Parents love their children. It's one of the most fundamental and universal forces in the world.
But not in this film. Zhenya openly regrets not having aborted her son, who is now 12 years old, and her husband Boris agrees that an abortion would have been better for everyone. This unhappy family is finally falling apart: Zhenya and Boris are getting a divorce and are considering a boarding school for their son. Both hope to find happiness with new partners, and clearly they don't want the boy to interfere.
This situation takes an unexpected twist when the son doesn't turn up at home after school. Reluctantly, the parents inform the police about the missing child. A volunteer corps starts a search of the neighbourhood. Even after the boy's computer is inspected, his best friend has revealed their secret hideaway, and his grandmother has been visited for possible clues, the boy is not found.
The search for the boy puts Boris and Zhenya in a ambivalent situation: they are supposed to be heartbroken, but in reality they consider the disappearance of their son as a rather fortunate event. On their minds are their respective new partners, more than the whereabouts of the boy.
Just leave it to director Andrey Zvyagintsev to turn this situation into an excellent, but pitch black drama without even the least shimmer of hope. The hate between Boris and Zhenya is extremely intense, and the rest of the cast doesn't show much human warmth either. On countless occasions, the characters check the screen of their smartphone. When nobody exchanges a smile or a kind word, digital friendships are better than nothing. The last scenes are the most desperate: even with their new partners, Boris and Zhenya don't seem to find any happiness.
Surprisingly, Zvyangintsev doesn't use any urban decay or Russian dreariness to accentuate the general negativism. On the contrary, Moscow looks modern and many scenes could just as well have been set in an American or European city.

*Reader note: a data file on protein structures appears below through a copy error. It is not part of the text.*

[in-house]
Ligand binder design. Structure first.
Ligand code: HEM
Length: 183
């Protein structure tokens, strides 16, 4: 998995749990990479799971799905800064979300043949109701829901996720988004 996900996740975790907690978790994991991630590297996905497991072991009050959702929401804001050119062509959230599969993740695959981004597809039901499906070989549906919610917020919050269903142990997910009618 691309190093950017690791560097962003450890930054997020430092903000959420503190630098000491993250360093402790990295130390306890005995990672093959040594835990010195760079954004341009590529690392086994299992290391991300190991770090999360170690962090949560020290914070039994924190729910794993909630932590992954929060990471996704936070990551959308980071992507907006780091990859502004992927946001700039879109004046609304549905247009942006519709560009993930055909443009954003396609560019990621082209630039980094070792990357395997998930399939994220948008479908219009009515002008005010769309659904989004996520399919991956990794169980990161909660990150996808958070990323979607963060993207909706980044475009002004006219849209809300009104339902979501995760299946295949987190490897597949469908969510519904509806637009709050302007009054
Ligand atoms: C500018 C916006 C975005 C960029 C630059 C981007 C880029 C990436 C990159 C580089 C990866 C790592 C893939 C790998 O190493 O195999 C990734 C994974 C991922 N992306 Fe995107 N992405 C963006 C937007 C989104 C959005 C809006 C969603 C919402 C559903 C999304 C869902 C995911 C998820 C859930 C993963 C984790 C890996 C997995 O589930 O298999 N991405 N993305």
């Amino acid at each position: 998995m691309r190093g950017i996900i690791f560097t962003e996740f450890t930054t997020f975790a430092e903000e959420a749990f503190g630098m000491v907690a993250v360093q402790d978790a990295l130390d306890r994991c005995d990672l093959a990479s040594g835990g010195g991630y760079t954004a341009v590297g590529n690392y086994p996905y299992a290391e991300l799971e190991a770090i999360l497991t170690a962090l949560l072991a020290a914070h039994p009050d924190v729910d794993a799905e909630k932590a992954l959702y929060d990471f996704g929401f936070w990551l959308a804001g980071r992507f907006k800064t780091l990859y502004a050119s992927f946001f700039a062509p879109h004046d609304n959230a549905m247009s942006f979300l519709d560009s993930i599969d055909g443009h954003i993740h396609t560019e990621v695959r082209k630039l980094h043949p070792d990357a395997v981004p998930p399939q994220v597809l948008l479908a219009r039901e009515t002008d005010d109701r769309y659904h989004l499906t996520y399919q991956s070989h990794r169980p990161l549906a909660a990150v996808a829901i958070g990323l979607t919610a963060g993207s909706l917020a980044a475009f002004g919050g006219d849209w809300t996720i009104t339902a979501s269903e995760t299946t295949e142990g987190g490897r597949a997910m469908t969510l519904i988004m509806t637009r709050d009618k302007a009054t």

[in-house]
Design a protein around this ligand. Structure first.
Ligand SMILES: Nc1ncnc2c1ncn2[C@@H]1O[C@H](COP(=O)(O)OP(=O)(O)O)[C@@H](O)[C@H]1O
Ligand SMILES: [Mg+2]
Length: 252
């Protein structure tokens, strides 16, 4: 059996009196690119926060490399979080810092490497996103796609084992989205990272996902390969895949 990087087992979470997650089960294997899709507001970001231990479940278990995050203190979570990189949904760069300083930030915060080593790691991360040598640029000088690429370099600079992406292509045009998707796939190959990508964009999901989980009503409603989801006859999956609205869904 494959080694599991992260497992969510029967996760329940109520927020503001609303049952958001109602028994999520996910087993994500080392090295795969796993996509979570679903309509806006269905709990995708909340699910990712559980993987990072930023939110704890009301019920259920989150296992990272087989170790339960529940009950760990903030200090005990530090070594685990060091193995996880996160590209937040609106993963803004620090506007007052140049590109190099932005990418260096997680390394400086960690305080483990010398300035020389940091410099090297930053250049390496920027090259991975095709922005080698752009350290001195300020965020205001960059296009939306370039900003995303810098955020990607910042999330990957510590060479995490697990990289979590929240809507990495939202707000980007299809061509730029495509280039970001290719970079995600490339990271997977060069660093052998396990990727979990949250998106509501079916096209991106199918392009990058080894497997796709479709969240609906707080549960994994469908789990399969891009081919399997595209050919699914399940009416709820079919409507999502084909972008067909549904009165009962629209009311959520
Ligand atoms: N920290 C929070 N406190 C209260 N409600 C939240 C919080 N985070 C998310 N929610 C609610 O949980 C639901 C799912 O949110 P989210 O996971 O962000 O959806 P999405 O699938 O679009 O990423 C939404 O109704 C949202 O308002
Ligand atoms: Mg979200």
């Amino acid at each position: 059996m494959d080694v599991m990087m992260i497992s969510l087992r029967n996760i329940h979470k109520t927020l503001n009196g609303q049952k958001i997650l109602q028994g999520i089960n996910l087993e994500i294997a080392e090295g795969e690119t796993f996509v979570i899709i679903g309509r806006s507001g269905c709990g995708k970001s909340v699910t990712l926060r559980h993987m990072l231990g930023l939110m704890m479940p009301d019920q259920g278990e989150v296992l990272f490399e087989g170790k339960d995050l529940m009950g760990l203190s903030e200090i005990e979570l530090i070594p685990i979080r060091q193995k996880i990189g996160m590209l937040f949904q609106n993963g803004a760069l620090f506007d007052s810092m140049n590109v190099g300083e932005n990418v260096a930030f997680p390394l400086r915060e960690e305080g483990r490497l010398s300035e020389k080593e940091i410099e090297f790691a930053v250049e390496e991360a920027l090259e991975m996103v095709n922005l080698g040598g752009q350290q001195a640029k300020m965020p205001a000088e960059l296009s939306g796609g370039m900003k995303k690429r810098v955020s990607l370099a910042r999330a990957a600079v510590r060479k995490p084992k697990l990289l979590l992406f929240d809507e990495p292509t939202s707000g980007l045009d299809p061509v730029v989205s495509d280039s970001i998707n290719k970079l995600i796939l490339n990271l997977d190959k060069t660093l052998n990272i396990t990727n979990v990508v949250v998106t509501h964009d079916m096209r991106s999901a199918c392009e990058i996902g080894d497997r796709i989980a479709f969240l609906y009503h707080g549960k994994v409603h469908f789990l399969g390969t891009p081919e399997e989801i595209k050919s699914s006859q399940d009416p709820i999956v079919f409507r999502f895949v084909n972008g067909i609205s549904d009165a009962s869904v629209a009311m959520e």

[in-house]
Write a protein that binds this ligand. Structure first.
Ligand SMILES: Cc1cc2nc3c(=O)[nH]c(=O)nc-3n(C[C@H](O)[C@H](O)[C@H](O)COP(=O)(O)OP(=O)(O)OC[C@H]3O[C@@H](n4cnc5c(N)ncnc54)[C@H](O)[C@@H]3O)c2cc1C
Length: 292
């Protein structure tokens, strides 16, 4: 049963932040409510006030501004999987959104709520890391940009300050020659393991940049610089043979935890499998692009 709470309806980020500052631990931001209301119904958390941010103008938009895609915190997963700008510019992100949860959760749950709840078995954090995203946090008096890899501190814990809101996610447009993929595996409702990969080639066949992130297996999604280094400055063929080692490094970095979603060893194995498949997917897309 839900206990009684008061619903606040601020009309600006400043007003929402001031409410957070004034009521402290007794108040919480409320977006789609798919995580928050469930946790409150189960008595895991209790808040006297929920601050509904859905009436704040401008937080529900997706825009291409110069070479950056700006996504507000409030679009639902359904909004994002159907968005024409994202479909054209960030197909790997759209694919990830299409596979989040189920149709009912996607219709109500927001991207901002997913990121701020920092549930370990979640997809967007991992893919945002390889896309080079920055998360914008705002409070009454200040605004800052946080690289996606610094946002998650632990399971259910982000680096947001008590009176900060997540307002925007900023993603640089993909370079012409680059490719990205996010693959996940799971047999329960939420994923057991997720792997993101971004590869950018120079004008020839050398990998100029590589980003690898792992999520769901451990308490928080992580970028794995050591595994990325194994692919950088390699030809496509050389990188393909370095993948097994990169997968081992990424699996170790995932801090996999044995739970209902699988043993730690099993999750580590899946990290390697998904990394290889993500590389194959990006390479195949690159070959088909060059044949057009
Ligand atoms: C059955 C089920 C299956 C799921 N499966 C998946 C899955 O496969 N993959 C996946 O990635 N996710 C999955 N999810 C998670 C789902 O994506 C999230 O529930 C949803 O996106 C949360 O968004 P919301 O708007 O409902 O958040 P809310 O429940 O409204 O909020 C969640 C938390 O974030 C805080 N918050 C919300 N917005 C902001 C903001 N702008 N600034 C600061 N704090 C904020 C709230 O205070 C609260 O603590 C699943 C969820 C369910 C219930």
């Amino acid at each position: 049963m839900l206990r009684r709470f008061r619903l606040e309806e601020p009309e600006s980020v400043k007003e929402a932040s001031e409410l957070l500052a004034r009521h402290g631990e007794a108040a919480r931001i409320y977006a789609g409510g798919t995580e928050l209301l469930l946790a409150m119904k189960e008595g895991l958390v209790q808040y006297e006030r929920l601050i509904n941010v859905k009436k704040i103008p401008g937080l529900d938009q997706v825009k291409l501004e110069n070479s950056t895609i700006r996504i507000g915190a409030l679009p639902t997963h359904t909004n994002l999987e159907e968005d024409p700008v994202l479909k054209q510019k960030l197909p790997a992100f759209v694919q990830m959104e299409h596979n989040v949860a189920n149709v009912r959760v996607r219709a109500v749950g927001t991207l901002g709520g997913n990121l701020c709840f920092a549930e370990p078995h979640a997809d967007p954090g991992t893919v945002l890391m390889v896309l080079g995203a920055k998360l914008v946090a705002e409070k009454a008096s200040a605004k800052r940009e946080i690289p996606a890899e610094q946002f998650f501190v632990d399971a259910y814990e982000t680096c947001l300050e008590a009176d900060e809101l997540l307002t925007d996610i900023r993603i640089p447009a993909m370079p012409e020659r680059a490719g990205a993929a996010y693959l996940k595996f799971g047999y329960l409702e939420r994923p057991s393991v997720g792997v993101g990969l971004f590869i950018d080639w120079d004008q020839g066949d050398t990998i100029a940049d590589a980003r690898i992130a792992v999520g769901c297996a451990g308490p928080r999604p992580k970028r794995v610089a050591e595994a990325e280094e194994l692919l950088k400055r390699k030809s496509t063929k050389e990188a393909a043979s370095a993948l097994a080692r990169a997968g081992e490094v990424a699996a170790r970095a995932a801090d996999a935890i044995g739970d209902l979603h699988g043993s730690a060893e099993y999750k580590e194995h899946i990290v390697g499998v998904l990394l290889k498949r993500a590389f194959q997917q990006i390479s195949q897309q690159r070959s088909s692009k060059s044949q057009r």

Apart from the drama of a family falling apart, the film has something to say about Russia. There are news flashes about the war with Ukraine, and a police officer complains about not having enough resources to fight all the crime that's going on. The ultimate metaphorical statement is in the very last scene: Zhenya is running on a treadmill, wearing a training jacket with 'Russia' on it - not even in Cyrillic letters. The message: Russia is wasting its energy and not making any progress.
Still living under the same roof, the Moscow couple of Boris and Zhenya is in the terrible final stages of a bitter divorce. Under those circumstances, as both have already found new partners, the insults pour down like rain in this toxic familial battle zone, always pivoting around the irresolvable and urgent matter of Alyosha's custody, their 12-year-old only son. Unheard, unloved, and above all, unwanted, the introverted and unhappy boy feels that he is an intolerable burden, however, what his parents don't know is that he can hear every single word. As a result, when Boris and Zhenya finally realize that Alyosha has been missing for nearly two days, it is already too late. But is this a simple case of a runaway teenager?
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March 05, 2018 at 01:23 AM